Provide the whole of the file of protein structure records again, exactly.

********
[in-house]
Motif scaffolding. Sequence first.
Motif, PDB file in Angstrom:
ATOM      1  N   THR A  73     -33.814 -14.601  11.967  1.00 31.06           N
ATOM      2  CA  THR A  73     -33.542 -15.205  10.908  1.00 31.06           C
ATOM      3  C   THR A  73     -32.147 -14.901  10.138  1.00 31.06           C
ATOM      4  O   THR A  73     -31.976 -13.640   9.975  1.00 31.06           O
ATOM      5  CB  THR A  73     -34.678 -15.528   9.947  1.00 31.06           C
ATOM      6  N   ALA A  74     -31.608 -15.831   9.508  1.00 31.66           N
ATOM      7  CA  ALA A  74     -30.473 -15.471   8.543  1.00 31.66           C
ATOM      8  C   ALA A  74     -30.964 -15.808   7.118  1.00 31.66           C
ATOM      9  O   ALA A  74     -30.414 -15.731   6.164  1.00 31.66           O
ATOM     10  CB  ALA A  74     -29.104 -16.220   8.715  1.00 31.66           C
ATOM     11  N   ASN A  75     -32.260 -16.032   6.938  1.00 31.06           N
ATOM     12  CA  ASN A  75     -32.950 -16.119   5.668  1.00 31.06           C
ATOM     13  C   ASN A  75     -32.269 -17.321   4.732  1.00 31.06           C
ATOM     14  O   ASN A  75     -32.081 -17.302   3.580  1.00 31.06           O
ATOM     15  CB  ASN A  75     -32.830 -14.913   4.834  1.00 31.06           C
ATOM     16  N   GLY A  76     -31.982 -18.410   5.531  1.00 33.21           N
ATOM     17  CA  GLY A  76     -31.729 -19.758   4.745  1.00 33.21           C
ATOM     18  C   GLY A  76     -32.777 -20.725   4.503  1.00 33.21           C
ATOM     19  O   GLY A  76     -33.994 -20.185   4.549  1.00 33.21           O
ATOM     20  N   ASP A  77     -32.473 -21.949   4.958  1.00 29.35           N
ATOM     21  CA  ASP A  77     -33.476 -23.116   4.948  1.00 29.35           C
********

[in-house]
Motif scaffolding. Sequence first.
Motif, PDB file in Angstrom:
ATOM      1  N   THR A  73     -33.814 -14.601  11.967  1.00 31.06           N
ATOM      2  CA  THR A  73     -33.542 -15.205  10.908  1.00 31.06           C
ATOM      3  C   THR A  73     -32.147 -14.901  10.138  1.00 31.06           C
ATOM      4  O   THR A  73     -31.976 -13.640   9.975  1.00 31.06           O
ATOM      5  CB  THR A  73     -34.678 -15.528   9.947  1.00 31.06           C
ATOM      6  N   ALA A  74     -31.608 -15.831   9.508  1.00 31.66           N
ATOM      7  CA  ALA A  74     -30.473 -15.471   8.543  1.00 31.66           C
ATOM      8  C   ALA A  74     -30.964 -15.808   7.118  1.00 31.66           C
ATOM      9  O   ALA A  74     -30.414 -15.731   6.164  1.00 31.66           O
ATOM     10  CB  ALA A  74     -29.104 -16.220   8.715  1.00 31.66           C
ATOM     11  N   ASN A  75     -32.260 -16.032   6.938  1.00 31.06           N
ATOM     12  CA  ASN A  75     -32.950 -16.119   5.668  1.00 31.06           C
ATOM     13  C   ASN A  75     -32.269 -17.321   4.732  1.00 31.06           C
ATOM     14  O   ASN A  75     -32.081 -17.302   3.580  1.00 31.06           O
ATOM     15  CB  ASN A  75     -32.830 -14.913   4.834  1.00 31.06           C
ATOM     16  N   GLY A  76     -31.982 -18.410   5.531  1.00 33.21           N
ATOM     17  CA  GLY A  76     -31.729 -19.758   4.745  1.00 33.21           C
ATOM     18  C   GLY A  76     -32.777 -20.725   4.503  1.00 33.21           C
ATOM     19  O   GLY A  76     -33.994 -20.185   4.549  1.00 33.21           O
ATOM     20  N   ASP A  77     -32.473 -21.949   4.958  1.00 29.35           N
ATOM     21  CA  ASP A  77     -33.476 -23.116   4.948  1.00 29.35           C